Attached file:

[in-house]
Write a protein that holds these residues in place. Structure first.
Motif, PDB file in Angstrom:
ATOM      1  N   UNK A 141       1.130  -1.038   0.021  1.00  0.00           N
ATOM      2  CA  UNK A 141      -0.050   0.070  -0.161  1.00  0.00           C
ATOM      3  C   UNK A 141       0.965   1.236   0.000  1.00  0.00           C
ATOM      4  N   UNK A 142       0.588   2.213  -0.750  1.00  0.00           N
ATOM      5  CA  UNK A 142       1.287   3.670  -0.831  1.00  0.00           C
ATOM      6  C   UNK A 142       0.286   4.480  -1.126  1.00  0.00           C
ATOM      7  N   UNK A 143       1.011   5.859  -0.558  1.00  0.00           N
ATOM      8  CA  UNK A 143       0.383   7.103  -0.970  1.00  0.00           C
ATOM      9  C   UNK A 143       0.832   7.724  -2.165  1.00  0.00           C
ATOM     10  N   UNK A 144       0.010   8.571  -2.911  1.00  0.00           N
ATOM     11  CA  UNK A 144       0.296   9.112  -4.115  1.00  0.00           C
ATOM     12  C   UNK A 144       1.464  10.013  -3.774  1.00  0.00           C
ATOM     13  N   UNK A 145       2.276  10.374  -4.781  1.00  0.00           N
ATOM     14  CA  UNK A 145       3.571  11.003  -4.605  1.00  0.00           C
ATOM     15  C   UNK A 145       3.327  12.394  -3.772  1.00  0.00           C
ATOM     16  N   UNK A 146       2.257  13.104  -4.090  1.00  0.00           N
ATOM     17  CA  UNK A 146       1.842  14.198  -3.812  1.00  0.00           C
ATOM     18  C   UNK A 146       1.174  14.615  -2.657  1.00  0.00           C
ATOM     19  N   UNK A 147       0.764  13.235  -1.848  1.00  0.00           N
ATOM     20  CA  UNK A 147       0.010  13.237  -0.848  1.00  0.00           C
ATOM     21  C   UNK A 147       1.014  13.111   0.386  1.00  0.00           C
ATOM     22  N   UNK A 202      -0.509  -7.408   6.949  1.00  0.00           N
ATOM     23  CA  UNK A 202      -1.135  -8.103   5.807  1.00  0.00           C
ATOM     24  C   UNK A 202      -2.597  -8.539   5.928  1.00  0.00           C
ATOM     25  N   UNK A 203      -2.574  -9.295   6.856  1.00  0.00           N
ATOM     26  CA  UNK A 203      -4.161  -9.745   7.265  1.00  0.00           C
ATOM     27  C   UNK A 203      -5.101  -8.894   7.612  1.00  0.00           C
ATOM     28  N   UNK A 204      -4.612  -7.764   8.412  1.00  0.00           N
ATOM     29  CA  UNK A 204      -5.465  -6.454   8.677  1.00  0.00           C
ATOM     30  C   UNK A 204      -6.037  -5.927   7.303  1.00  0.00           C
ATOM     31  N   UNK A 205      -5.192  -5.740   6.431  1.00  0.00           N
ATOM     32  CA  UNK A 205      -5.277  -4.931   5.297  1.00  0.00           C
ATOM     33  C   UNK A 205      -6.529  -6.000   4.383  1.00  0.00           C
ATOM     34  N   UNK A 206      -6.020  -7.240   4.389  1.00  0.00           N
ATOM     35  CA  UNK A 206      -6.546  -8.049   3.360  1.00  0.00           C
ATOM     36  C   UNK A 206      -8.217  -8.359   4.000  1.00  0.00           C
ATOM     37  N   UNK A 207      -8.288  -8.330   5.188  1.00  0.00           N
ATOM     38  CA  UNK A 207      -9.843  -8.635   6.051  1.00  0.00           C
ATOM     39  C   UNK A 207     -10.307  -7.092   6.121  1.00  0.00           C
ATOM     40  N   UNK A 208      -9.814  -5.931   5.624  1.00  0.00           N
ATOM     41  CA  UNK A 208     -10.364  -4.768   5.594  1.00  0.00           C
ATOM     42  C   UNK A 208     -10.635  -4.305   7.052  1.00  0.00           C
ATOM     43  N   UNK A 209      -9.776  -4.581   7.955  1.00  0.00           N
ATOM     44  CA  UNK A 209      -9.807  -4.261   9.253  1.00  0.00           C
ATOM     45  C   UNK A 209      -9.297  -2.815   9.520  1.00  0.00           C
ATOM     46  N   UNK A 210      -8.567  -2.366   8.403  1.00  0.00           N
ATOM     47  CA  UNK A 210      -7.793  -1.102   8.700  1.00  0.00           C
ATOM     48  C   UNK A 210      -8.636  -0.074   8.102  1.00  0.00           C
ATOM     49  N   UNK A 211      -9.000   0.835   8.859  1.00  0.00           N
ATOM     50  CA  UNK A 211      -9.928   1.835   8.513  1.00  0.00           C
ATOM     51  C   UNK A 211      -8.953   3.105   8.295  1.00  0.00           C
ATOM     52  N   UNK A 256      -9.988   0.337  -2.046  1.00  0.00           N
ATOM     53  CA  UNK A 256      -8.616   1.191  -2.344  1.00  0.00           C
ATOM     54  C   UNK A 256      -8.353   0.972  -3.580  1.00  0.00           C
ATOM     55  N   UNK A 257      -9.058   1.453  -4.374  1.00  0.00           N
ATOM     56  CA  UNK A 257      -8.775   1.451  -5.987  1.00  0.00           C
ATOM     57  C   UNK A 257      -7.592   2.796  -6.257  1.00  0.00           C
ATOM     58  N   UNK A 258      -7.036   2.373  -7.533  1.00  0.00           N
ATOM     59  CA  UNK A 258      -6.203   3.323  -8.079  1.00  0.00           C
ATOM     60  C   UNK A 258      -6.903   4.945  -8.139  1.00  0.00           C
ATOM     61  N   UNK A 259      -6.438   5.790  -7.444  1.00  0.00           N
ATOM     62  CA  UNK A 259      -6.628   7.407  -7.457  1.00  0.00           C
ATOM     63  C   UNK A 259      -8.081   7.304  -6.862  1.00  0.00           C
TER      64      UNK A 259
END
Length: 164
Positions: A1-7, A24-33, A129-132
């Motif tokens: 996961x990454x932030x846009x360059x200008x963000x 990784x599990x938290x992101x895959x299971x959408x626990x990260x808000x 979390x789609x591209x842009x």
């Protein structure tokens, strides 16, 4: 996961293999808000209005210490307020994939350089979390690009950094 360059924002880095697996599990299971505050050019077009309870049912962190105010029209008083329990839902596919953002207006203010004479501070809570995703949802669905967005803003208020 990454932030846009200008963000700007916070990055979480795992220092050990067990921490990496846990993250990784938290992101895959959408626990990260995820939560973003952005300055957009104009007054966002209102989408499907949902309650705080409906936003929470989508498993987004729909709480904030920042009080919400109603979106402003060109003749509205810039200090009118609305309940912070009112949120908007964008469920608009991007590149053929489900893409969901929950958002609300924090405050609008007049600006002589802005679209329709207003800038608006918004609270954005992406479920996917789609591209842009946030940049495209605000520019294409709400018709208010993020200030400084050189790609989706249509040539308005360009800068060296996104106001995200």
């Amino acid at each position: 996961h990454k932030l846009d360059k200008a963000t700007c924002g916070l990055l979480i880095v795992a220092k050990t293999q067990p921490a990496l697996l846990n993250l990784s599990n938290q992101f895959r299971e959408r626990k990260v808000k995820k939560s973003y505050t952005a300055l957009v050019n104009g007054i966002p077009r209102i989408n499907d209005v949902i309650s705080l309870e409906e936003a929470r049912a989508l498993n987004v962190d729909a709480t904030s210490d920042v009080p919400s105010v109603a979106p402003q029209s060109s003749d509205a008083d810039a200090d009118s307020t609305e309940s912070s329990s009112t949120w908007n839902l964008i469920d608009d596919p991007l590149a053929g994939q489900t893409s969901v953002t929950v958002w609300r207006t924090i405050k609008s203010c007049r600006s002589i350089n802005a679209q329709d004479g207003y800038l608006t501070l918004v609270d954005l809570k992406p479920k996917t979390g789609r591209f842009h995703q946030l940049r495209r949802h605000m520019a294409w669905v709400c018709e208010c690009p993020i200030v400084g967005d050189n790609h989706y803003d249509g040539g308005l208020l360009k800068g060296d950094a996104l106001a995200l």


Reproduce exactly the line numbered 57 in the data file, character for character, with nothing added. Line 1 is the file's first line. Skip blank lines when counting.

ATOM     54  C   UNK A 256      -8.353   0.972  -3.580  1.00  0.00           C